World war is not unfathomable. Diseases and famine are part of our world. With all the conflicting cells of warring ideological nuts with access to powerful weapons… horrible things could happen to this world on a mass scale. It wouldn’t take a stretch of the imagination to realize that our world could be sent back into a pre-technological stage due to human stupidity.
If a world-changing catastrophe happens—either from the hands of men or nature—it will be for most of us quite similar to the impact of the pigeon. We’ll be living out our days as usual, going to work and sending kids off to school; buying groceries and paying bills; watching movies and sending emails; having dinner and making love; smiling, laughing, crying…
And dreaming about the future.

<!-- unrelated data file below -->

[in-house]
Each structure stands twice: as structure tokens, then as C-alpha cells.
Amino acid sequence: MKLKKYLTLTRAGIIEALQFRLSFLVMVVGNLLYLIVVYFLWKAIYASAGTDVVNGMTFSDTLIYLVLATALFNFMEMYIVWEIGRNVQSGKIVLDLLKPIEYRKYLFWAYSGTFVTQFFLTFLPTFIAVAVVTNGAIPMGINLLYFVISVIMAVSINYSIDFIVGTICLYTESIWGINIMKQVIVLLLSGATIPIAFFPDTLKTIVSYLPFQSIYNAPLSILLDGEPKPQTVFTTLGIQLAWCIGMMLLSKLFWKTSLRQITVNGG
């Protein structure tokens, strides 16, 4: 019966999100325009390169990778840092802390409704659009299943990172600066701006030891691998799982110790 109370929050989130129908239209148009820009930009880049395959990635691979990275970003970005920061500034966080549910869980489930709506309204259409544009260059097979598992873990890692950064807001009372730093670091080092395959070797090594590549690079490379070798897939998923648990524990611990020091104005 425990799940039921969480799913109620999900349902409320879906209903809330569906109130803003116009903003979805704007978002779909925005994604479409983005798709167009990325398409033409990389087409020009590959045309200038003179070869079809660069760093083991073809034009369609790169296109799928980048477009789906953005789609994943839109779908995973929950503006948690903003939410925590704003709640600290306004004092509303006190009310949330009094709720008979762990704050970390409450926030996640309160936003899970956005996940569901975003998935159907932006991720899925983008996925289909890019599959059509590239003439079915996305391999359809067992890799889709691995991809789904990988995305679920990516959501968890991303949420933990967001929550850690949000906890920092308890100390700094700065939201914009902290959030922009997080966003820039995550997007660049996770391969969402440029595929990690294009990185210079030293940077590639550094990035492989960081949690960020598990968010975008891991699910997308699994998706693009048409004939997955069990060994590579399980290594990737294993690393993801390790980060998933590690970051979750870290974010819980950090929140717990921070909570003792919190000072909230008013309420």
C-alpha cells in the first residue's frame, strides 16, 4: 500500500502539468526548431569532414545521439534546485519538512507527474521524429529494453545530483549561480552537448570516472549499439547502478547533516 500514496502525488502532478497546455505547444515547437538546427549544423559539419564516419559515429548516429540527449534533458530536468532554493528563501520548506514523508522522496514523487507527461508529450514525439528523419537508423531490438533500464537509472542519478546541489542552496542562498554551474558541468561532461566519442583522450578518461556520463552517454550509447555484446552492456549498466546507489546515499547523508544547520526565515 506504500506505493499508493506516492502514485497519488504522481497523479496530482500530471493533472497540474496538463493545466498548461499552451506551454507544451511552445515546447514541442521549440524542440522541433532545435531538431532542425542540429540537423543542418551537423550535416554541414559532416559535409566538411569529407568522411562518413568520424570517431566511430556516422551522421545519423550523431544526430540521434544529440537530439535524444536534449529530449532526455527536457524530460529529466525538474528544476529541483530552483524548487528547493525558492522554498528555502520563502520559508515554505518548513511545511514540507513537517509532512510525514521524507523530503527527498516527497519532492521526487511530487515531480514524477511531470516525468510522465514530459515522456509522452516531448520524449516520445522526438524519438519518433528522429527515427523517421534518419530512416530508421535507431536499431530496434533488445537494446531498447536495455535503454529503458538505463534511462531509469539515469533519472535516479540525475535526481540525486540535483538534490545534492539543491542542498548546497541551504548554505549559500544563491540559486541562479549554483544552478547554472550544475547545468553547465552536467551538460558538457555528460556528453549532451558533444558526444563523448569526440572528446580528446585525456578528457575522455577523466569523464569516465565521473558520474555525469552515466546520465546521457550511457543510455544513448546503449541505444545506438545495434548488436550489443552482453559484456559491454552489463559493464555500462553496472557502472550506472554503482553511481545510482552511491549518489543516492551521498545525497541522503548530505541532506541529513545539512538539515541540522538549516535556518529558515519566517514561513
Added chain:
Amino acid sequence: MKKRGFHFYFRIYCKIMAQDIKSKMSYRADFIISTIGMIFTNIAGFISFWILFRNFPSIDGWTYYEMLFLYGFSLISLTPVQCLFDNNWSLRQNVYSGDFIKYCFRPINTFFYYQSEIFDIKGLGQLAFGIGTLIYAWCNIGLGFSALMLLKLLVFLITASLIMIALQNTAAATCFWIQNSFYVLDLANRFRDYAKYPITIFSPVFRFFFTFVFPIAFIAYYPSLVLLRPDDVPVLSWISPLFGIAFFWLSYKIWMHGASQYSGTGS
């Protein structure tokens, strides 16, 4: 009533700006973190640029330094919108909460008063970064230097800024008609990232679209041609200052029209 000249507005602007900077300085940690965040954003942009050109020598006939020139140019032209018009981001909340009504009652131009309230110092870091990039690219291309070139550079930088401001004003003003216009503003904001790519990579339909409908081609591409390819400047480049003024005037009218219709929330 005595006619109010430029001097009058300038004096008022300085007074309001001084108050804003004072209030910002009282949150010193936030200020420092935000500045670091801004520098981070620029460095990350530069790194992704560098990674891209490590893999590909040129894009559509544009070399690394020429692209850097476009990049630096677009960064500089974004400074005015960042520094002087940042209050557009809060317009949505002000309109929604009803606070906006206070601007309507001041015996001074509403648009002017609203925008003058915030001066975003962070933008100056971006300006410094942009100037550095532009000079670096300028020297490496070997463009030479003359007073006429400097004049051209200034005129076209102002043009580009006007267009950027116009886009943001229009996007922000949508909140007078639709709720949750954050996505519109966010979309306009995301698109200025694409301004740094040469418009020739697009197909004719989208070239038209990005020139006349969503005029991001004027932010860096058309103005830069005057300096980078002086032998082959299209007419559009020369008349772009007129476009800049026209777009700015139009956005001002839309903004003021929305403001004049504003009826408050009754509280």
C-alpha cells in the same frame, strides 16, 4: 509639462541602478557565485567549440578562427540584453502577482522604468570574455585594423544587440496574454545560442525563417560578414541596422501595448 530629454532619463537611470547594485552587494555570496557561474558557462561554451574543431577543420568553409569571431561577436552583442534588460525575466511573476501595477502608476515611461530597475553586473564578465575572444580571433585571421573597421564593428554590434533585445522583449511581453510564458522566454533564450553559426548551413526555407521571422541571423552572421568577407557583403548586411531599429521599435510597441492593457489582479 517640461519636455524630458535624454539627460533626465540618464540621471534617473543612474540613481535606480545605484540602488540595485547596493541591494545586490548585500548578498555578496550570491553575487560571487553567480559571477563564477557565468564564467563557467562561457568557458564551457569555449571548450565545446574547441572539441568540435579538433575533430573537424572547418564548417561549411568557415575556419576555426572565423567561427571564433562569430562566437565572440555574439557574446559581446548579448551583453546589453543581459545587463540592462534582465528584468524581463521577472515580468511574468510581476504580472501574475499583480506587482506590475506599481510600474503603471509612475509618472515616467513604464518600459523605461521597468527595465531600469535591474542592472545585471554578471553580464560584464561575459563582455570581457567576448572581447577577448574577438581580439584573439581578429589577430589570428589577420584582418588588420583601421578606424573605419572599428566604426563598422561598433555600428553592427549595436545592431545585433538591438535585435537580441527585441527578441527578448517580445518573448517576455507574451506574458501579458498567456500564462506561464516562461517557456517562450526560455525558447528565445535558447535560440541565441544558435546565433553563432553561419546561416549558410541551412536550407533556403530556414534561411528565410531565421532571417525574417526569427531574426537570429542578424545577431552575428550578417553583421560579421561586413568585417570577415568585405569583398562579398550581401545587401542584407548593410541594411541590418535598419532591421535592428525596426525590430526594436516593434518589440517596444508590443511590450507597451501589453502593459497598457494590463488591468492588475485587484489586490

Then we’ll look up and see a flash and large cloud rising from our hometowns; we’ll see a fireball burning across the sky and feel the world shake; we’ll look down and see a few red bumps spreading across our hands.
Our futures will change. Or disappear.
Our minds won’t let us take these thoughts seriously. Hopefully we won’t have to. But even if they never occur… the reality of life and death remains. Our world is precarious; the rights we insist on in America are rights on paper and in our minds, but they really don’t exist. There is no natural right to life because nature ignores it. The right for liberty only exists because we force its existence—the moment we weary of upholding it, it slips away. And the right to pursue happiness exists simply because of the fortunes we have to sustain our cushion from the struggles of historic reality.
Those rights could easily disappear into history. Or worse.
- Life and Death
Essays about life, old age and death.
- The other end of life
- The most important things
- Reflections on the precariousness of life
- The animalism of our species
- A World Without Pain
- Donald George Olson died at 72